Alpaca Blog | Developer API for commission-free stock trading

Bracket Orders on Alpaca

Bracket order to automate your trades

You requested it. Now it’s here.

Bracket orders are now available on Alpaca (and in our docs here) to better help you automate trades and mitigate risk. This is a new-to-Alpaca, advanced order type with three components: a primary order, a take-profit order, and a stop-loss order.

How Bracket order works

The first order sets everything up the way a normal order does, but it truly becomes a bracket order when it comes to deciding which of the two conditional orders remaining will be kept or canceled. Depending on where you set the low and high brackets, the order will wait to execute until it hits one of those two “max” or “min” numbers (optimized for profit or the most acceptable losses, respectively) and then cancel the remaining order type.

For example (like in the chart below), if you set your “take-profit” number at $145 (yellow line) and “stop loss” at $95 (red line), corresponding with a primary order at $105 and the stock goes up to $125 but then the price drops, hitting $95 (before reaching $145), your “stop-loss” order will trigger and be executed, while also cancelling the “take-profit” order. All in all, bracket orders can be great when you are trying to stay within a target price range.

Due to the way bracket orders work, it’s completely possible to set this logic up algorithmically/via API. However, the full functionality enabled within the Alpaca platform allows for better risk controls, which are provided to help minimize potentially costly mistakes. Alpaca is committed to providing better risk controls to help reduce the possibility of exactly those kinds of errors.

How to set up Bracket order

If you’re ready to dive in*, you’ll need to add extra parameters to the POST /v2/orders endpoint to submit bracket orders via API and submit your order.

  1. First, set the new parameter “order_class” to “bracket”.

Next, add two more parameters named “take_profit” and “stop_loss”—both should be nested JSON objects.  (see example JSON below)

  1. When creating “take_profit”, make sure to add “limit_price” as a parameter that limits the price of the “take_profit” order.
  2. The “stop_loss” will need fields for mandatory “stop_price” and optional “limit_price”.
  3. If your “limit_price” is specified within “stop_loss”, your order will be queued as a “stop_limit” order—otherwise it will be queued as a classic stop order.
  4. Run it!

*Consider testing a strategy in paper trading to see if and how it works before trying it in a live brokerage account.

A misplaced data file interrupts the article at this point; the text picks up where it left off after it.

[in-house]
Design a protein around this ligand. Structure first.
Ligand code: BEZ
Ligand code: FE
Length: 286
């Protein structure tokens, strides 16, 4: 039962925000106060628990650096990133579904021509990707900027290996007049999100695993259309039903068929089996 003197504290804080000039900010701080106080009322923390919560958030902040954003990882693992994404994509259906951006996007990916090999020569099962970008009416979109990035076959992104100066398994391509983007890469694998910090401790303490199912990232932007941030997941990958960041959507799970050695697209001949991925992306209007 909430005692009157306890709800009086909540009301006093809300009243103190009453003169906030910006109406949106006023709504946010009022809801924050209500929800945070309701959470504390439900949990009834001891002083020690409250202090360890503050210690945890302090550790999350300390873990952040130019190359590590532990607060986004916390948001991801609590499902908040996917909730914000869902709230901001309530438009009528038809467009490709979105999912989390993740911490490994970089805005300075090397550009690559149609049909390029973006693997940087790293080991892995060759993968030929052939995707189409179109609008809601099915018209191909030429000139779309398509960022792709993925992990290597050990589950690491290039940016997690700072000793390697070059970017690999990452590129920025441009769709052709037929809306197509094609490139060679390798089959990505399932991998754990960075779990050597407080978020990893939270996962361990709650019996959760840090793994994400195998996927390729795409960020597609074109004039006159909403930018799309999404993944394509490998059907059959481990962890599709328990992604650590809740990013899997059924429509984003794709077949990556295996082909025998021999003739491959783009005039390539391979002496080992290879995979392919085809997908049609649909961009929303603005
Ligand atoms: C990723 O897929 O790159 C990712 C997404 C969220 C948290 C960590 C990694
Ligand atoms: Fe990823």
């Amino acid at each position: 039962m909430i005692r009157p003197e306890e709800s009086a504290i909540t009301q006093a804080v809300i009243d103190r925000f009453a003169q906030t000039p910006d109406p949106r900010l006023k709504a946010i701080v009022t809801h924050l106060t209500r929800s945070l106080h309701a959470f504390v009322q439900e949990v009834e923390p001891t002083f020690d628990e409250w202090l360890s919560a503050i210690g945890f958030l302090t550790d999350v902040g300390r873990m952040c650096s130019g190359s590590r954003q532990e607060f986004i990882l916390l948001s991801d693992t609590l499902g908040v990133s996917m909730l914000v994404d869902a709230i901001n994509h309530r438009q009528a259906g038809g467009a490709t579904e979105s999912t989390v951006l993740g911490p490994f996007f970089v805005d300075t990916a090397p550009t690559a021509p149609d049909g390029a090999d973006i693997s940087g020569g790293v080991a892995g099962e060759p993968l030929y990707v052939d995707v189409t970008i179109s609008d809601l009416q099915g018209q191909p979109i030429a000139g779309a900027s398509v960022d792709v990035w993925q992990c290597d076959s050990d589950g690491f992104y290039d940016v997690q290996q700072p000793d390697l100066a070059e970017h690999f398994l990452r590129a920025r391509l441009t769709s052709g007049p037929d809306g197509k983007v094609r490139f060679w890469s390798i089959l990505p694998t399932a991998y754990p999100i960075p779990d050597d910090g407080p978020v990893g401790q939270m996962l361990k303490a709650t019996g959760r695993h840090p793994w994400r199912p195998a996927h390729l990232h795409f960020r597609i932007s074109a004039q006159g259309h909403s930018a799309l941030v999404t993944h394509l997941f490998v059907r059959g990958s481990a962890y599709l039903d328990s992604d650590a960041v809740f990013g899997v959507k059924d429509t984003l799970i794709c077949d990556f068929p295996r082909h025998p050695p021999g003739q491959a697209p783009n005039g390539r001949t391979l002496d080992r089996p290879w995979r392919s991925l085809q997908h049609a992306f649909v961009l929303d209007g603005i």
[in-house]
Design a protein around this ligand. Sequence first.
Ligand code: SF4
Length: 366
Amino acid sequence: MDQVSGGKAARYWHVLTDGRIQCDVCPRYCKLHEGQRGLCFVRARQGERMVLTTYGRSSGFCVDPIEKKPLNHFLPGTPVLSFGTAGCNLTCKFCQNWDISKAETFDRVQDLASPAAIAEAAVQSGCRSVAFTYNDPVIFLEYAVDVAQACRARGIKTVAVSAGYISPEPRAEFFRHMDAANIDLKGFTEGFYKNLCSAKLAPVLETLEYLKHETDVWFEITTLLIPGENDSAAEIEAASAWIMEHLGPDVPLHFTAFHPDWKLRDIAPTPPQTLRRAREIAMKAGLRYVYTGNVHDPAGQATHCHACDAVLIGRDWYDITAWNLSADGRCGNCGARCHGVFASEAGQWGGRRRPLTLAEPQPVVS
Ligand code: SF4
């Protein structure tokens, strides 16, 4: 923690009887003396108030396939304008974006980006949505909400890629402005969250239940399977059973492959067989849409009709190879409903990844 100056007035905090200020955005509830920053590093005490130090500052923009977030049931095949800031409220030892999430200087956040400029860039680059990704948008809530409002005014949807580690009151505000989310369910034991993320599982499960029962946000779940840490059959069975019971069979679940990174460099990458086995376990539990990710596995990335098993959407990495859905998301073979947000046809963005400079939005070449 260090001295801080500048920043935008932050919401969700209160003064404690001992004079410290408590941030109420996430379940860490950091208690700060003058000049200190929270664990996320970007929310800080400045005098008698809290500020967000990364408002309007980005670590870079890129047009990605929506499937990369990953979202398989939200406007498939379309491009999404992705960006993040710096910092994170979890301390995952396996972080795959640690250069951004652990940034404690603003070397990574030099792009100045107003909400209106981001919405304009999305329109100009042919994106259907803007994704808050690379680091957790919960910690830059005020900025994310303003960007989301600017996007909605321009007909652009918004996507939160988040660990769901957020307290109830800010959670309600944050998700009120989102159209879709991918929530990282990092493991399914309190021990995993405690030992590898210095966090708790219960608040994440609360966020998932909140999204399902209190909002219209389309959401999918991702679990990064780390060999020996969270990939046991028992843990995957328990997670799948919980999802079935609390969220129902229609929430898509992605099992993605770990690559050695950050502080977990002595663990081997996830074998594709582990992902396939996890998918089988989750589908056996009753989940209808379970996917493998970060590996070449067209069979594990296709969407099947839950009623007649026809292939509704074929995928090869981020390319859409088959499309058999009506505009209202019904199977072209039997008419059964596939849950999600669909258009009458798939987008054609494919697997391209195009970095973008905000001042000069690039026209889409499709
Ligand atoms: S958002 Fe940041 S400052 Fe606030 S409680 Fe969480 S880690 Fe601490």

"side": "buy",
  "symbol": "SPY",
  "type": "market",
  "qty": "100",
  "time_in_force": "gtc",
  "order_class": "bracket",
  "take_profit": {
    "limit_price": "301"
  "stop_loss": {
    "stop_price": "299",
    "limit_price": "298.5"

Brokerage services are provided by Alpaca Securities LLC ("Alpaca"), member FINRA/SIPC, a wholly-owned subsidiary of AlpacaDB, Inc. Technology and services are offered by AlpacaDB, Inc.

Conditional orders may have increased risk as a result of their reliance on trigger processing, market data, and other internal and external systems. Such orders are not sent to the market until specified conditions are met. During that time, issues such as system outages with downstream technologies or third parties may occur. Conditional orders triggering near the market close may fail to execute that day. Furthermore, our executing partner may impose controls on conditional orders to limit erroneous trades triggering downstream orders. Alpaca Securities may not always be made aware of such changes to external controls immediately, which may lead to some conditional orders not being executed. As such, it is important to monitor conditional orders for reasonability. Conditional orders are “Not Held” orders whose execution instructions are on a best efforts basis upon being triggered. Furthermore, conditional orders may be subject to the increased risks of stop orders and market orders outlined above. Given the increased potential risk of using conditional orders, the client agrees that Alpaca Securities cannot be held responsible for losses, damages, or missed opportunity costs associated with market data problems, systems issues, and user error, among other factors. By using conditional orders the client understands and accepts the risks outlined above. Alpaca Securities encourages leveraging the use of Paper accounts to become more comfortable with the intricacies associated with these orders.

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Co-founder & CEO of Alpaca
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